As of today, March 4, 2023, the ten-day forecast is keeping a winter weather pattern for the Onaqui range. Hopefully, it starts to warm up sooner than later and we can get some green grass to start growing out there and they can start replenishing what they have lost over the winter.

From The American West to Vermont

About a month ago I got a message from a girl who sent me a picture of a horse I took on the Onaqui range back in the summer of 2019. She asked me if she could buy a print of it because she adopted him after he was rounded up off the range back in the summer of 2021. I was a little taken aback. I can only imagine how many images she must have gone through to find him.

She calls him Atlas. From the looks of it, this colt couldn’t have found a better home. Amelia Peters is doing a great job of training him and giving him every opportunity to thrive!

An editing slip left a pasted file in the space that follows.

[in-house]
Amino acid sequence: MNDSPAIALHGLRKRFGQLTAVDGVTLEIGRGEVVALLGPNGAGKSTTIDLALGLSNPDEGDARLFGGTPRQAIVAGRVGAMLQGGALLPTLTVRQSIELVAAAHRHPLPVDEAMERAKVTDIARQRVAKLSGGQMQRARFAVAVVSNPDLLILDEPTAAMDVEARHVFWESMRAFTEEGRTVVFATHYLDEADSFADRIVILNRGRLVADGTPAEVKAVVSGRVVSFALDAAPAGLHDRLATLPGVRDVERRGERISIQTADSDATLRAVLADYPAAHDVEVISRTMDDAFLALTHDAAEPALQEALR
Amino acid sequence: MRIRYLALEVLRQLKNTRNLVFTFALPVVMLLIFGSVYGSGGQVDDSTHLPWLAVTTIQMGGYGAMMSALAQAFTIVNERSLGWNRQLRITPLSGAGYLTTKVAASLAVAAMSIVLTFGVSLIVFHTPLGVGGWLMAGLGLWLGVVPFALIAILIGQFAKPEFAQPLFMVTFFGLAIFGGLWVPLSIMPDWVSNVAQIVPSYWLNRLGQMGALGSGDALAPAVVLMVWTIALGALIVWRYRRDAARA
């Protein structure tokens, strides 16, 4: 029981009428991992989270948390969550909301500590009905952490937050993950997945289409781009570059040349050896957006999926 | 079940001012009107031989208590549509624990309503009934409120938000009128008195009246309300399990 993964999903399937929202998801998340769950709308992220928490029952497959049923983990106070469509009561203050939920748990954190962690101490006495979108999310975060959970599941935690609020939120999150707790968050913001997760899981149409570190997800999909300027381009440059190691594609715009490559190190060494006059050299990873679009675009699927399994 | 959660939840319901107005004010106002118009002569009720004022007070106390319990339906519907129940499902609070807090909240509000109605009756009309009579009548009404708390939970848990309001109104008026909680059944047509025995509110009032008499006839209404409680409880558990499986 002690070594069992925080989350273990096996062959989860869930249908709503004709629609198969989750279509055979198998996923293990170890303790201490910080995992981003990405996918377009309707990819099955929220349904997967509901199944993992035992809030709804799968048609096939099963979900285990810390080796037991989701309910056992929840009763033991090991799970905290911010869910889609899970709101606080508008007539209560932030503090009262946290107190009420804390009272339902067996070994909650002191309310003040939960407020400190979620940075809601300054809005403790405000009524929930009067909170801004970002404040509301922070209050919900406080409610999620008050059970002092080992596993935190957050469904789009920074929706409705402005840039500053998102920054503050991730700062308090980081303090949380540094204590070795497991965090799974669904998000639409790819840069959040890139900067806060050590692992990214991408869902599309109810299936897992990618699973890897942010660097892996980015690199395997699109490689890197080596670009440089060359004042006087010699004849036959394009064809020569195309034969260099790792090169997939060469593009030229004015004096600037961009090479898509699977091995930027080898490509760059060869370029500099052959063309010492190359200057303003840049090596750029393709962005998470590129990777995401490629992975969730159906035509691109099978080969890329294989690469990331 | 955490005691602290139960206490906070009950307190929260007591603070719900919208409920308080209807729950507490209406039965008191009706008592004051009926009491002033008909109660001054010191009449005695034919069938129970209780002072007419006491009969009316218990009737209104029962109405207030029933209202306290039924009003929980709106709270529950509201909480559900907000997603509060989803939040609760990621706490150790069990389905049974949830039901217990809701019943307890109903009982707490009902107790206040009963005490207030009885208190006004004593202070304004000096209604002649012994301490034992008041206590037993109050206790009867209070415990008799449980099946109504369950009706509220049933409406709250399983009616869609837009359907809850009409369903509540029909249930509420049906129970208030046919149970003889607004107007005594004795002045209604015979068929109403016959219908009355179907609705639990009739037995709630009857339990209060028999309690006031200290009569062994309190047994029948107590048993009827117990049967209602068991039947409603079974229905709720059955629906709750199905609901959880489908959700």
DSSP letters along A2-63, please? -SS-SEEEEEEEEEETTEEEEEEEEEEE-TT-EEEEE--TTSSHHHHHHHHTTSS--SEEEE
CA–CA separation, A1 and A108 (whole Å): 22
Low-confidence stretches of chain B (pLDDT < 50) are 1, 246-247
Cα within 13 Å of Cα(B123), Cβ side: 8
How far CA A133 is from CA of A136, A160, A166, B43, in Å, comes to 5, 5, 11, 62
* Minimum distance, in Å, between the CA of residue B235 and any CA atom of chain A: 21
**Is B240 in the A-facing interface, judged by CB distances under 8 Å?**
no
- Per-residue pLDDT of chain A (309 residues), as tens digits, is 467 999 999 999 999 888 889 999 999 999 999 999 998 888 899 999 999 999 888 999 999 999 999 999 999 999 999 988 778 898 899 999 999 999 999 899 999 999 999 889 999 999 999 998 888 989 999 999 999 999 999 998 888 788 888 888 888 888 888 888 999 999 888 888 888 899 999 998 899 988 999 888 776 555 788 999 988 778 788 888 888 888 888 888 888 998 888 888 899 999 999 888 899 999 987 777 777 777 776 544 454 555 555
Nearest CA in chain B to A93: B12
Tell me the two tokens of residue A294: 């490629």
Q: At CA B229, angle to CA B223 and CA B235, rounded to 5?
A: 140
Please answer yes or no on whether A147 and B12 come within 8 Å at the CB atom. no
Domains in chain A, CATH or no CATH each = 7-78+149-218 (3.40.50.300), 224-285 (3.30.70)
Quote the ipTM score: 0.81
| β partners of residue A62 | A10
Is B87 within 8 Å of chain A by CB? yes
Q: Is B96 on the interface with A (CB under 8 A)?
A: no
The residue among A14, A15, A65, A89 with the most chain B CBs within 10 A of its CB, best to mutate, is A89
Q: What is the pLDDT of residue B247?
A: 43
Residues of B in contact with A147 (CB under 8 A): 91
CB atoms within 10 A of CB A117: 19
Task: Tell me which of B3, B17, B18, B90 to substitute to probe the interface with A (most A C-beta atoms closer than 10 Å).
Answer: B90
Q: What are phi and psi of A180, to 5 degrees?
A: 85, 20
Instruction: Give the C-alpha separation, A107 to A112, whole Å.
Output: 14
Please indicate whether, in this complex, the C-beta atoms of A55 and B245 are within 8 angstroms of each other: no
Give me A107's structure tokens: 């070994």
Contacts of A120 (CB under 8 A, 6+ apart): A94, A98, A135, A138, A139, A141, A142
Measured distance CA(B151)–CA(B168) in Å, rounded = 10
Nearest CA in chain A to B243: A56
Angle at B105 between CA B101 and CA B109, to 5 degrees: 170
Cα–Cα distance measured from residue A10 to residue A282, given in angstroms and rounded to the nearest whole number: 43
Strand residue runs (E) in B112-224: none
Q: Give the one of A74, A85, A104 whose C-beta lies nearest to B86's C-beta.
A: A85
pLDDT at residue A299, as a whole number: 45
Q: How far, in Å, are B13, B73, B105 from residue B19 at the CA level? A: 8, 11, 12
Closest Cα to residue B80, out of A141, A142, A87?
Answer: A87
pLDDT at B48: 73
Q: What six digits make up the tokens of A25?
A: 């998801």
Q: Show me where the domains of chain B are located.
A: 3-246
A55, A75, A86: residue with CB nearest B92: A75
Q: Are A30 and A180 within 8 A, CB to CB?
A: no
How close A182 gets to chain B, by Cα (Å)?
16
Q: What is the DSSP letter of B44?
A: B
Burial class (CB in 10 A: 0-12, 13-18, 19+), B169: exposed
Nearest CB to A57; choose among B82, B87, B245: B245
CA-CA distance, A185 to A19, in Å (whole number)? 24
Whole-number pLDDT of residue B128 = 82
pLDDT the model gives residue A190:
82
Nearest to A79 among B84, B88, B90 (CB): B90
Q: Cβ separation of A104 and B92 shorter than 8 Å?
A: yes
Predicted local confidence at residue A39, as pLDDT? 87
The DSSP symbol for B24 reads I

It’s intriguing to me when I think about him being born in the wild in the high desert of the American West and finding himself in Vermont thousands of miles away living a completely different life.

But I know that some things in this life are meant to be. Whether he was destined to find her, or she was meant to find him. It makes me feel good knowing he’s in good hands. The horse/human relationship is one of the most powerful things I’ve ever witnessed.

HERE’S TO 2023!